Dental Disease:

Some Kuri dogs scavenged while others were pets and ate well. The lifestyle they led would have determined their health. In those days they would have suffered with dental disease, common in adult dogs. Left untreated, dental disease can lead to dental tartar buildup with gum inflammation and tooth loss.

Dental disease can also lead to other organ diseases. These days brushing your dog’s teeth with canine toothpaste and toothbrush can help to ward off dental disease.

Ear infections:

Those Kuris that weren’t pets, tried to survive scavenging, and their homeless situation could well have led to ear infections – caused from a wax- and dirt buildup within the ear. He would have been frantic trying to scratch his ears. In modern times, if your dog showed signs of an ear infection, you would need to get him to the vet.

indian pariah dog dogThis is a dog which can live to between 13 and 15 years of age when he is treated well.

These Indian Pariahs are a natural dog breed, and to this end they are free of genetic health concerns such as hip dysplasia which is a very common ailment with nearly all dogs.

Remember that every dog stands a good chance of picking up some life-threatening illnesses if not vaccinated against them. Some of these diseases to be concerned about are canine distemper and parvo-virus. Rabies, kennel cough and parasites such as fleas and ticks can also pose a real danger to your pet.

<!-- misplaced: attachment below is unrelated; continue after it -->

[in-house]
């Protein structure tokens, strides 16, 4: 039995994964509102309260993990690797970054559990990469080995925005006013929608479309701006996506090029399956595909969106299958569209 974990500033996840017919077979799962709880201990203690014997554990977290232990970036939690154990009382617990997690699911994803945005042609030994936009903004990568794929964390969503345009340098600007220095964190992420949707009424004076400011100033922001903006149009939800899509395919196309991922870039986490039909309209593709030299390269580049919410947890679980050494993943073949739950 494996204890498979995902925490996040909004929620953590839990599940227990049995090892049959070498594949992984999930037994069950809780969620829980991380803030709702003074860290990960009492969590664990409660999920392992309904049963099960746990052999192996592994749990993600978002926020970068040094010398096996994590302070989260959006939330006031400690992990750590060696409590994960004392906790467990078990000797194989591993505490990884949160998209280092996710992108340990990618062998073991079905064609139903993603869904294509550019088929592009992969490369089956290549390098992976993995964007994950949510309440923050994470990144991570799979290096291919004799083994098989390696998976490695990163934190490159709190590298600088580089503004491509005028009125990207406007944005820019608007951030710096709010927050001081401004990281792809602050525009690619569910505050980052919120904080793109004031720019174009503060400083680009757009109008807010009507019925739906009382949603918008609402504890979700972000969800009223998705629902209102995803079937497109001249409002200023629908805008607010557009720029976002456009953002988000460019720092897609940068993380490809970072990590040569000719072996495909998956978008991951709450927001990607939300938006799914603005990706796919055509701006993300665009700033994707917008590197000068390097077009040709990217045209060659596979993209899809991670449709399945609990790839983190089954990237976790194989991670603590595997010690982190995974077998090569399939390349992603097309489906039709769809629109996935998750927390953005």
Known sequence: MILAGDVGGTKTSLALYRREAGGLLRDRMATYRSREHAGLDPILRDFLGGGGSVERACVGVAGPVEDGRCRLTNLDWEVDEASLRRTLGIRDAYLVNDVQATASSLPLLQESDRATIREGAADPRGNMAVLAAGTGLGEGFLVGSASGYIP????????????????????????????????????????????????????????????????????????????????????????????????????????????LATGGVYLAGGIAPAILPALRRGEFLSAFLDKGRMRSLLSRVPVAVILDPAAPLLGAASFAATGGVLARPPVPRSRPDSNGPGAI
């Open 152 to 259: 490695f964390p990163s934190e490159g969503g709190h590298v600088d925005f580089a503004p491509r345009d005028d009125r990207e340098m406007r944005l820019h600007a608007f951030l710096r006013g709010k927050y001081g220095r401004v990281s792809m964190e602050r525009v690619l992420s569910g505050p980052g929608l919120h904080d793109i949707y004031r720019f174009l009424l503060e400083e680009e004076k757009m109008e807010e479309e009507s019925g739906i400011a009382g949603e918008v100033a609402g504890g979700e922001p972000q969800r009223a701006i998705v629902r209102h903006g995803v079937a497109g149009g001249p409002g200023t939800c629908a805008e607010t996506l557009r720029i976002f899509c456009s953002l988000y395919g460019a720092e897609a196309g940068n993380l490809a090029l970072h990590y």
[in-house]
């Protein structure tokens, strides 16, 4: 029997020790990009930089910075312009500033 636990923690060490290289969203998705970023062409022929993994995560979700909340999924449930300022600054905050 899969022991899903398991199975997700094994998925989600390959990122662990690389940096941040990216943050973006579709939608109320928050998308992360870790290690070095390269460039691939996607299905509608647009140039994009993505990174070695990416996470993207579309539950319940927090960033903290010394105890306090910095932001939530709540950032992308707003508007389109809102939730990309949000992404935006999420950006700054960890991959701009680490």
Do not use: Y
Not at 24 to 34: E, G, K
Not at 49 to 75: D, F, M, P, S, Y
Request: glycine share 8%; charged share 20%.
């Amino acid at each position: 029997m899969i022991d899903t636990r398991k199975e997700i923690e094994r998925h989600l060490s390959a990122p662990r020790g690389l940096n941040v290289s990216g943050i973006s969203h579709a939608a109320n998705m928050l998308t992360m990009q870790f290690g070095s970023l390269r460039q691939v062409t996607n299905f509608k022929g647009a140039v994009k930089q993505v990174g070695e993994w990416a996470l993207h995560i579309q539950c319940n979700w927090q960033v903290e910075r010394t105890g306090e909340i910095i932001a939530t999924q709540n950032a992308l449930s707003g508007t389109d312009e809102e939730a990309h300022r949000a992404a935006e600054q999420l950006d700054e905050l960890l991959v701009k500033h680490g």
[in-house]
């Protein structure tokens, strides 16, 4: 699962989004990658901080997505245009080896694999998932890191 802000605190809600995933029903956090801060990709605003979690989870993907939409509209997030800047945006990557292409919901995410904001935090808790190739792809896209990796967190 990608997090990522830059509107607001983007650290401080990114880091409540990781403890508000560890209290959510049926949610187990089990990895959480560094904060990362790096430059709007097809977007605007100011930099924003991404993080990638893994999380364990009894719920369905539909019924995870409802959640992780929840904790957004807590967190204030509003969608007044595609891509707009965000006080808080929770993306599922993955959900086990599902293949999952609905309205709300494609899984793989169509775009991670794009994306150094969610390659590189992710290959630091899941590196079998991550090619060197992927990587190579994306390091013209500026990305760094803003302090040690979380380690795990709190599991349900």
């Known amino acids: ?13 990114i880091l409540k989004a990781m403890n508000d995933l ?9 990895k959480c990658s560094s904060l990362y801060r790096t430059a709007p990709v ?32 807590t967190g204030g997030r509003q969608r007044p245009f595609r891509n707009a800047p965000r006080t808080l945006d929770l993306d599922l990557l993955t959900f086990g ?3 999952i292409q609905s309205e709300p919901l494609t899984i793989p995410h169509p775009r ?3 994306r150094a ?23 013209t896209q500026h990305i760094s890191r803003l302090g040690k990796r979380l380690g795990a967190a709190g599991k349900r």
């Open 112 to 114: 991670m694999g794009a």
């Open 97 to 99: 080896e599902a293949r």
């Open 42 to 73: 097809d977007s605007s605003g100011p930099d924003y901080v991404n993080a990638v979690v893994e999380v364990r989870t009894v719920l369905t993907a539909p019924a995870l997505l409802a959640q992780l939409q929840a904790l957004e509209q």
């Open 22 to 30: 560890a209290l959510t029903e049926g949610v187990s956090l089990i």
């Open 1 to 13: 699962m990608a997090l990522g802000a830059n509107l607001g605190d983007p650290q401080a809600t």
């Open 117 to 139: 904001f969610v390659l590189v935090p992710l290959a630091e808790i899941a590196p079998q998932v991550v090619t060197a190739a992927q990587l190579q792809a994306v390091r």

The Pariah has been around for a very long time and today he is a robust, low maintenance pet that isn't going to cost you a lot of money .

Caring The Pet

Grooming:

The Kuri will have required regular grooming which means a brushing down twice a week. Brushing would have been useful to prevent loose hairs from shedding with the dog. He would have had to have his ears and eyes checked too to avoid infections. Brushing him would have given his owner the chance to check him over for fleas and ticks too.

Exercise:

As the Kuri wasn’t an overly energetic dog, a walk a day would have kept him content and fit.

Diet:

The Kuri was a dog that essentially formed part of someone else’s diet. Those that managed to escape being a meal for someone no doubt had to scavenge for food. Because they were used to help people catch birds, they themselves were used to catching birds for themselves.

As a small to medium sized dog, if you were to keep such a dog as a pet you would have given him a cup or two of dried kibble a day and tried to vary his diet by including some home-cooked food and raw meat.